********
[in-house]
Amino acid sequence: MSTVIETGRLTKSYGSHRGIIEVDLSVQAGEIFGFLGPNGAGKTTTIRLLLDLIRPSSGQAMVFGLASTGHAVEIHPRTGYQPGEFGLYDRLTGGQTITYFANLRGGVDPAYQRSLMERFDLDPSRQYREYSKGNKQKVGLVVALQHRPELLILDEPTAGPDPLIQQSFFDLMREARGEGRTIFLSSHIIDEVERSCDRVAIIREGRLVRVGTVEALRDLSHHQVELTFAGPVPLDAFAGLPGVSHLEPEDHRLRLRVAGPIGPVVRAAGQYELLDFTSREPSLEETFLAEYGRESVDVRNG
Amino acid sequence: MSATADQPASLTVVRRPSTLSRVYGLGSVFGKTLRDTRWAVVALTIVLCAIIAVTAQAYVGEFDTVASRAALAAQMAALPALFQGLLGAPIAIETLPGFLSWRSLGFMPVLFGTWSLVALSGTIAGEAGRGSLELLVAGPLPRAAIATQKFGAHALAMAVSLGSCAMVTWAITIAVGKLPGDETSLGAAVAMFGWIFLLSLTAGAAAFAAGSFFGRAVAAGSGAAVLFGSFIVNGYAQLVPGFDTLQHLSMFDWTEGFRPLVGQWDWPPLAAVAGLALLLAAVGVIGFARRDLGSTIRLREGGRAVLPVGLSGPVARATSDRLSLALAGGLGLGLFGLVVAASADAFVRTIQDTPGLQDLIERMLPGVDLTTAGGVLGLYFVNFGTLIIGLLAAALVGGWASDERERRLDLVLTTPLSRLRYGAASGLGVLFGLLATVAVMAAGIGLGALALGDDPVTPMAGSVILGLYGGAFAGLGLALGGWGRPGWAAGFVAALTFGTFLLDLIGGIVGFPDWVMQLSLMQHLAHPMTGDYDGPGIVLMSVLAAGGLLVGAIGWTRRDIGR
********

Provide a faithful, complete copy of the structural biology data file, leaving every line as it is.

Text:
[in-house]
Amino acid sequence: MSTVIETGRLTKSYGSHRGIIEVDLSVQAGEIFGFLGPNGAGKTTTIRLLLDLIRPSSGQAMVFGLASTGHAVEIHPRTGYQPGEFGLYDRLTGGQTITYFANLRGGVDPAYQRSLMERFDLDPSRQYREYSKGNKQKVGLVVALQHRPELLILDEPTAGPDPLIQQSFFDLMREARGEGRTIFLSSHIIDEVERSCDRVAIIREGRLVRVGTVEALRDLSHHQVELTFAGPVPLDAFAGLPGVSHLEPEDHRLRLRVAGPIGPVVRAAGQYELLDFTSREPSLEETFLAEYGRESVDVRNG
Amino acid sequence: MSATADQPASLTVVRRPSTLSRVYGLGSVFGKTLRDTRWAVVALTIVLCAIIAVTAQAYVGEFDTVASRAALAAQMAALPALFQGLLGAPIAIETLPGFLSWRSLGFMPVLFGTWSLVALSGTIAGEAGRGSLELLVAGPLPRAAIATQKFGAHALAMAVSLGSCAMVTWAITIAVGKLPGDETSLGAAVAMFGWIFLLSLTAGAAAFAAGSFFGRAVAAGSGAAVLFGSFIVNGYAQLVPGFDTLQHLSMFDWTEGFRPLVGQWDWPPLAAVAGLALLLAAVGVIGFARRDLGSTIRLREGGRAVLPVGLSGPVARATSDRLSLALAGGLGLGLFGLVVAASADAFVRTIQDTPGLQDLIERMLPGVDLTTAGGVLGLYFVNFGTLIIGLLAAALVGGWASDERERRLDLVLTTPLSRLRYGAASGLGVLFGLLATVAVMAAGIGLGALALGDDPVTPMAGSVILGLYGGAFAGLGLALGGWGRPGWAAGFVAALTFGTFLLDLIGGIVGFPDWVMQLSLMQHLAHPMTGDYDGPGIVLMSVLAAGGLLVGAIGWTRRDIGR